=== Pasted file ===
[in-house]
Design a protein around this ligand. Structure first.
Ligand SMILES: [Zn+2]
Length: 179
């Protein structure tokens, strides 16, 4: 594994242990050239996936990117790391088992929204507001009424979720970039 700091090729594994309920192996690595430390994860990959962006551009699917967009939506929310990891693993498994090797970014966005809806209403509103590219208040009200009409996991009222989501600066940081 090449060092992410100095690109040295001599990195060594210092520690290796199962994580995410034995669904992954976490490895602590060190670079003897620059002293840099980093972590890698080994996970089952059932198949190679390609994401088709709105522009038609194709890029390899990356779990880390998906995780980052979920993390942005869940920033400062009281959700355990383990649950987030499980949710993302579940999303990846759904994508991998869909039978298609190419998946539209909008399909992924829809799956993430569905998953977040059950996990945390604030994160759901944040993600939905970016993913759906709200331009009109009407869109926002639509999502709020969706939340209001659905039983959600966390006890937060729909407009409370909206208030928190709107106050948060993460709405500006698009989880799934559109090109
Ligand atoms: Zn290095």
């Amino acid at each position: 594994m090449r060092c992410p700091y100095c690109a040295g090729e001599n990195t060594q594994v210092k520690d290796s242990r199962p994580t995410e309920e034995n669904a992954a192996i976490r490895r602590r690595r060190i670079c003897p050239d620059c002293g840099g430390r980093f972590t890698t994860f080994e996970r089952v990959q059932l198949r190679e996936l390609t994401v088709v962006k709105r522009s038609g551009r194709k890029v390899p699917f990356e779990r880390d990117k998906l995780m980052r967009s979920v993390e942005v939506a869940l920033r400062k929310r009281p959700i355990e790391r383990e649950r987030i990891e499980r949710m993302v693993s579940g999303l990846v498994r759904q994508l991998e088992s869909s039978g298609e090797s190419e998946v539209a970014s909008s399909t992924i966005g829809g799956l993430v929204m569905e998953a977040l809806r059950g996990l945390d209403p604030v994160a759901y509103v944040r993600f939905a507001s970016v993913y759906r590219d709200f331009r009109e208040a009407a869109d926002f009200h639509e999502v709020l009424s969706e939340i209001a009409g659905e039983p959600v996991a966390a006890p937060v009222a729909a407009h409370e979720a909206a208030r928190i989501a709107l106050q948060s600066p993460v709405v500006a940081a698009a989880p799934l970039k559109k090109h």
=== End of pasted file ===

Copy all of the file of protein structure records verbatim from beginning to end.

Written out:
[in-house]
Design a protein around this ligand. Structure first.
Ligand SMILES: [Zn+2]
Length: 179
């Protein structure tokens, strides 16, 4: 594994242990050239996936990117790391088992929204507001009424979720970039 700091090729594994309920192996690595430390994860990959962006551009699917967009939506929310990891693993498994090797970014966005809806209403509103590219208040009200009409996991009222989501600066940081 090449060092992410100095690109040295001599990195060594210092520690290796199962994580995410034995669904992954976490490895602590060190670079003897620059002293840099980093972590890698080994996970089952059932198949190679390609994401088709709105522009038609194709890029390899990356779990880390998906995780980052979920993390942005869940920033400062009281959700355990383990649950987030499980949710993302579940999303990846759904994508991998869909039978298609190419998946539209909008399909992924829809799956993430569905998953977040059950996990945390604030994160759901944040993600939905970016993913759906709200331009009109009407869109926002639509999502709020969706939340209001659905039983959600966390006890937060729909407009409370909206208030928190709107106050948060993460709405500006698009989880799934559109090109
Ligand atoms: Zn290095």
């Amino acid at each position: 594994m090449r060092c992410p700091y100095c690109a040295g090729e001599n990195t060594q594994v210092k520690d290796s242990r199962p994580t995410e309920e034995n669904a992954a192996i976490r490895r602590r690595r060190i670079c003897p050239d620059c002293g840099g430390r980093f972590t890698t994860f080994e996970r089952v990959q059932l198949r190679e996936l390609t994401v088709v962006k709105r522009s038609g551009r194709k890029v390899p699917f990356e779990r880390d990117k998906l995780m980052r967009s979920v993390e942005v939506a869940l920033r400062k929310r009281p959700i355990e790391r383990e649950r987030i990891e499980r949710m993302v693993s579940g999303l990846v498994r759904q994508l991998e088992s869909s039978g298609e090797s190419e998946v539209a970014s909008s399909t992924i966005g829809g799956l993430v929204m569905e998953a977040l809806r059950g996990l945390d209403p604030v994160a759901y509103v944040r993600f939905a507001s970016v993913y759906r590219d709200f331009r009109e208040a009407a869109d926002f009200h639509e999502v709020l009424s969706e939340i209001a009409g659905e039983p959600v996991a966390a006890p937060v009222a729909a407009h409370e979720a909206a208030r928190i989501a709107l106050q948060s600066p993460v709405v500006a940081a698009a989880p799934l970039k559109k090109h």